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Radiation within urology: challenges and triumphs

As gatekeepers urologists remain at the frontline of urological oncology in a position of trust that they have held since Charles Huggins, Nobel Laureate in Urology, pioneered the use of hormone manipulation to treat prostate cancer. However, radiation within urology is an important adjunctive, palliative and even primary treatment method for many urological malignancies. However, within many spheres, particularly internationally regarding prostate cancer, tensions appear to have been simmering between urologists and radiation oncologists. Fortunately, this does not appear to be the case in Australia and New Zealand but it is an important time to reflect on such issues as we move ever forward in the multimodality era.

In the USA the use of self-referral by urologists of men for adjuvant radiotherapy (RT) has come under scrutiny. Some urology groups have integrated intensity modulated RT (IMRT), a RT treatment carrying a high reimbursement rate, into their practice. This was highlighted in a recent New England Journal of Medicine article where the rate of IMRT use by urologists working at National Comprehensive Cancer Network centres remained stable at 8% but increased by 33% among matched self-referring urology groups [1]. This study has been criticised for bias but nonetheless captured political and academic attention. Certainly this situation has not arisen in our hemisphere but it remains important we think critically of what treatments we offer our patients and ensure patient’s best interests are maintained.

Clearly more research is required as to who should be receiving adjuvant RT and at what stage. In the latest issue of the BJUI USANZ supplement we highlight the Radiotherapy – Adjuvant vs Early Salvage (RAVES) trial for prostate cancer biochemical failure and high-risk disease [2]. There is no doubt this is an important trial because to date we have been unable to establish exactly which patients should receive adjuvant RT and when. Recruitment has been challenging as patients doing well after surgery often do not want additional treatment and a very small subset who are still recovering want to be enrolled but due to timing missing eligibility. Enthusiastic patients also may demand treatment rather than be randomised. Critics would also argue that the trial can never really answer the question because many men not requiring adjuvant RT will receive it [3]. Ongoing support of all parties should achieve accrual and in time, robust data. Excitingly imaging with MRI and other modalities will ensure further trials to assist in identifying disease in the salvage setting making choices easier based on more objective data [4].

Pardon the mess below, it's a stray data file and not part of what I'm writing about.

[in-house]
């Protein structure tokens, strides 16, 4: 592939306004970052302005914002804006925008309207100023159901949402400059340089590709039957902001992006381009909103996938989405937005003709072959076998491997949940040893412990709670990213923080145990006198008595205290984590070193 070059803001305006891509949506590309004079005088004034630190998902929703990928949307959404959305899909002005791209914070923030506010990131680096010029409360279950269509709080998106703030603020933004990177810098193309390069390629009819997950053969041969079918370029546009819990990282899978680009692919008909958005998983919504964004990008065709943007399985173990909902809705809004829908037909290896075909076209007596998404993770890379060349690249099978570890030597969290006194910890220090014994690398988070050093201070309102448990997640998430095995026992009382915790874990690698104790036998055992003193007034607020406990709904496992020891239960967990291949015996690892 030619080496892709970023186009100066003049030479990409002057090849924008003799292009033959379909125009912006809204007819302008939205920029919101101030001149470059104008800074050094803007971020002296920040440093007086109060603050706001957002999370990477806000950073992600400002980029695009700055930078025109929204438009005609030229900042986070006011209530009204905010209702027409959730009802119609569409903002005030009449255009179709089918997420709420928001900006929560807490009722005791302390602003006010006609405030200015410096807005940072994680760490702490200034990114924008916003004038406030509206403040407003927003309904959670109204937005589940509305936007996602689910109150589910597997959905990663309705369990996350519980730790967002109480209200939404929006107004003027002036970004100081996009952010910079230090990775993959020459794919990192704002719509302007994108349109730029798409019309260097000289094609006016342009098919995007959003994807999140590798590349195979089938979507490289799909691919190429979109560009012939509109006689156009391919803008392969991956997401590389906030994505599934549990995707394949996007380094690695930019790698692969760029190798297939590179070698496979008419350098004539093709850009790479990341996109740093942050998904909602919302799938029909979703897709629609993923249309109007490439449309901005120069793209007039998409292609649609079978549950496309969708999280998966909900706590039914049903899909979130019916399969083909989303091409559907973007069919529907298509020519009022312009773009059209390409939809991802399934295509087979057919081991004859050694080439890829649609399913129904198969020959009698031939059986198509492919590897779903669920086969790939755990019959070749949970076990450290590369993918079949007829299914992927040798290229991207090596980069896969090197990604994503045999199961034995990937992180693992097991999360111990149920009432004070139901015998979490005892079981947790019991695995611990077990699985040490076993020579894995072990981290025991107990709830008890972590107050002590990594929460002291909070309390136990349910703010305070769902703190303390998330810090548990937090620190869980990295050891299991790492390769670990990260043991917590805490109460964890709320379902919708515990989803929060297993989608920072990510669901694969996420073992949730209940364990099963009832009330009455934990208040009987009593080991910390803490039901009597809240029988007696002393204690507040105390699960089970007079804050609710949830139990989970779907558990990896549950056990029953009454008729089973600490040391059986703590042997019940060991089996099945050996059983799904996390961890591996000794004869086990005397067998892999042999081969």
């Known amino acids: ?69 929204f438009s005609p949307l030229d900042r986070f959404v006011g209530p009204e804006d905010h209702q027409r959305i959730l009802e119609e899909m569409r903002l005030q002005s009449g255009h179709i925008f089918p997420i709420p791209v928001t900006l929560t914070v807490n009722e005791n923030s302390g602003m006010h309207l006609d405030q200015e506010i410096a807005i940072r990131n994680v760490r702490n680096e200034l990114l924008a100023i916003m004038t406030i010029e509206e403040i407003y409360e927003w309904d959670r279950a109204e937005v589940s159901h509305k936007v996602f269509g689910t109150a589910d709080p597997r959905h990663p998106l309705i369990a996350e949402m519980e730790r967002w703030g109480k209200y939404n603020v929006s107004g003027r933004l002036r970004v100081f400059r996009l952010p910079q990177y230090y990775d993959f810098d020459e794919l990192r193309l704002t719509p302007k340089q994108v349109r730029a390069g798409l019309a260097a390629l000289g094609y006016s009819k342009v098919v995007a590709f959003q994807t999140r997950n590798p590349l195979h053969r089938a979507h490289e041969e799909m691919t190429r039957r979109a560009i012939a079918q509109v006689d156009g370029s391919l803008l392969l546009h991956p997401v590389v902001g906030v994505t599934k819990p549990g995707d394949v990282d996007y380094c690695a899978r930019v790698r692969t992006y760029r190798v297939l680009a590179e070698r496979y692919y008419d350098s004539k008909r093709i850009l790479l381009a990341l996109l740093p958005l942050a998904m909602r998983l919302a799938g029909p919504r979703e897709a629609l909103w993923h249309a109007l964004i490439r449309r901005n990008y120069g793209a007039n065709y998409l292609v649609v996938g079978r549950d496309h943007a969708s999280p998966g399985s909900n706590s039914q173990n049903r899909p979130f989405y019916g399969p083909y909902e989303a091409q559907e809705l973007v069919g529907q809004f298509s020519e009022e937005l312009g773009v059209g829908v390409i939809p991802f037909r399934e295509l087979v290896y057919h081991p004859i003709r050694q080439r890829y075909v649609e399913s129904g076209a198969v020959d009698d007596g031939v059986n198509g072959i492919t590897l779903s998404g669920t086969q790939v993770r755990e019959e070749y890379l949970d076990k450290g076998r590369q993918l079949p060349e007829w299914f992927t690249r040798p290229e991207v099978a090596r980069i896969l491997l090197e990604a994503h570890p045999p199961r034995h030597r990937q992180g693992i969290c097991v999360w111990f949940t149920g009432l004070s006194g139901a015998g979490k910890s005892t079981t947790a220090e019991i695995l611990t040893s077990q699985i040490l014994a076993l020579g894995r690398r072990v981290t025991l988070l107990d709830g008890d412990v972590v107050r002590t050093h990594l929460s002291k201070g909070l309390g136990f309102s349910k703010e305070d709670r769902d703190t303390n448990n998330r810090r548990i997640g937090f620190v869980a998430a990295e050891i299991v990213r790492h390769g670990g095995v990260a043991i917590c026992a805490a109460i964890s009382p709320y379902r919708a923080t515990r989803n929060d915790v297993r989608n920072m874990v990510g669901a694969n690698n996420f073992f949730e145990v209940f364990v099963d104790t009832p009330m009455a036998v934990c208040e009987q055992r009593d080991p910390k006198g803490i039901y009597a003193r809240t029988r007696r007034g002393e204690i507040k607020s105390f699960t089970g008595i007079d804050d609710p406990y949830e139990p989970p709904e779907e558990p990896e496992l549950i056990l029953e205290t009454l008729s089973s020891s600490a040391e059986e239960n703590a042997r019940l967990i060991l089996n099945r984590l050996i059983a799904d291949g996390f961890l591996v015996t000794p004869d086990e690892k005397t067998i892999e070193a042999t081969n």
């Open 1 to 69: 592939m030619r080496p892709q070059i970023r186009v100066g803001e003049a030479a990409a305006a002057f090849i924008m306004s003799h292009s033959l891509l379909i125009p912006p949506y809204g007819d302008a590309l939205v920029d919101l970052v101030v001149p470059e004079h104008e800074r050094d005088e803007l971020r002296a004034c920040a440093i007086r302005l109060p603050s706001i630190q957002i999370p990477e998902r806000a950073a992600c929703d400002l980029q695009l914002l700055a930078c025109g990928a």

Consumerism has driven robotic surgery [5] and is doing the same for RT but descriptions of treatment would be better placed to remain generic. The use of the term ‘radiosurgery’ has highlighted the shift away from the term ‘radical radiotherapy’. Of course the term ‘robot’ has become synonymous with radical prostatectomy but the ‘radical’ contribution remains and interestingly the term ‘robot’ has been trialled by radiotherapists: ‘image-guided robotic radiosurgery’ or its other more commonly used term Cyberknife® (Accuracy Incorporated, Sunnyvale, CA, USA). Certainly this would be more accurately known as stereotactic body RT (SBRT). It is these terminology changes and continual shifts in treatment regimens that rankles many, with the old argument that RT treatment was done with inferior technology so results should be ignored receives disproportionate use at conferences. All groups need to acknowledge treatments have improved rather than disowning data from older treatment regimes. On the counter side one example from brachytherapy [6] concluded that despite the hype of improving dosimetry and reducing complications, the preoperative condition regarding erectile function and LUTS are the most important factors regarding postoperative outcome. This is almost certainly true for surgery as well. Comparison of side-effects appears unfair with grading of radiation toxicities more lenient than Clavien listed complications – an even playing field for comparison of complications is warranted.

Multimodality treatment for high-risk disease is becoming the standard of care. Urologists are beginning to embrace this regime of planned surgery with likely RT and ultimately systemic therapies. However, radiation oncologists often prefer to use radiation and hormonal manipulation and consider this ‘modified monotherapy’. Some men receive different modes of RT with concerns this leads to significantly more complications and in combination with androgen deprivation comes with all of the secondary effects of such therapy. An ideal study for such high-risk patients would randomise men to RT and androgen deprivation vs a graded multimodality treatment starting with surgery and then progressing to RT and systemic therapies when required (as some men will have T2 or T3a disease with clear margins that can be observed for a PSA rise necessitating treatment).